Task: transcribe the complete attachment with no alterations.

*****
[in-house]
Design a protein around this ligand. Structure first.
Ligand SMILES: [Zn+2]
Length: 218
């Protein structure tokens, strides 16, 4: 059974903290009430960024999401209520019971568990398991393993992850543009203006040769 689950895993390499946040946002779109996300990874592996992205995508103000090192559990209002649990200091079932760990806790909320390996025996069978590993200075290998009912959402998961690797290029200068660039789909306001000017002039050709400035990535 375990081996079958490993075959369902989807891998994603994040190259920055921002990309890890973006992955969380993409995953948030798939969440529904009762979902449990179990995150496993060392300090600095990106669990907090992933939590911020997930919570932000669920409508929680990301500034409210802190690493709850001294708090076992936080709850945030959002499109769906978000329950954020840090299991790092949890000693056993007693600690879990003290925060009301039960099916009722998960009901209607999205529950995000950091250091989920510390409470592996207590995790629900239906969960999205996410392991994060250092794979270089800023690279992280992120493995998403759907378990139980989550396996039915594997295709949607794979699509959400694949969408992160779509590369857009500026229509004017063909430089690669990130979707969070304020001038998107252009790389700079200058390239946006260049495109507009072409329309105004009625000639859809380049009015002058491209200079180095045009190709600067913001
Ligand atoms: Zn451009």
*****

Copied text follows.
[in-house]
Design a protein around this ligand. Structure first.
Ligand SMILES: [Zn+2]
Length: 218
């Protein structure tokens, strides 16, 4: 059974903290009430960024999401209520019971568990398991393993992850543009203006040769 689950895993390499946040946002779109996300990874592996992205995508103000090192559990209002649990200091079932760990806790909320390996025996069978590993200075290998009912959402998961690797290029200068660039789909306001000017002039050709400035990535 375990081996079958490993075959369902989807891998994603994040190259920055921002990309890890973006992955969380993409995953948030798939969440529904009762979902449990179990995150496993060392300090600095990106669990907090992933939590911020997930919570932000669920409508929680990301500034409210802190690493709850001294708090076992936080709850945030959002499109769906978000329950954020840090299991790092949890000693056993007693600690879990003290925060009301039960099916009722998960009901209607999205529950995000950091250091989920510390409470592996207590995790629900239906969960999205996410392991994060250092794979270089800023690279992280992120493995998403759907378990139980989550396996039915594997295709949607794979699509959400694949969408992160779509590369857009500026229509004017063909430089690669990130979707969070304020001038998107252009790389700079200058390239946006260049495109507009072409329309105004009625000639859809380049009015002058491209200079180095045009190709600067913001
Ligand atoms: Zn451009």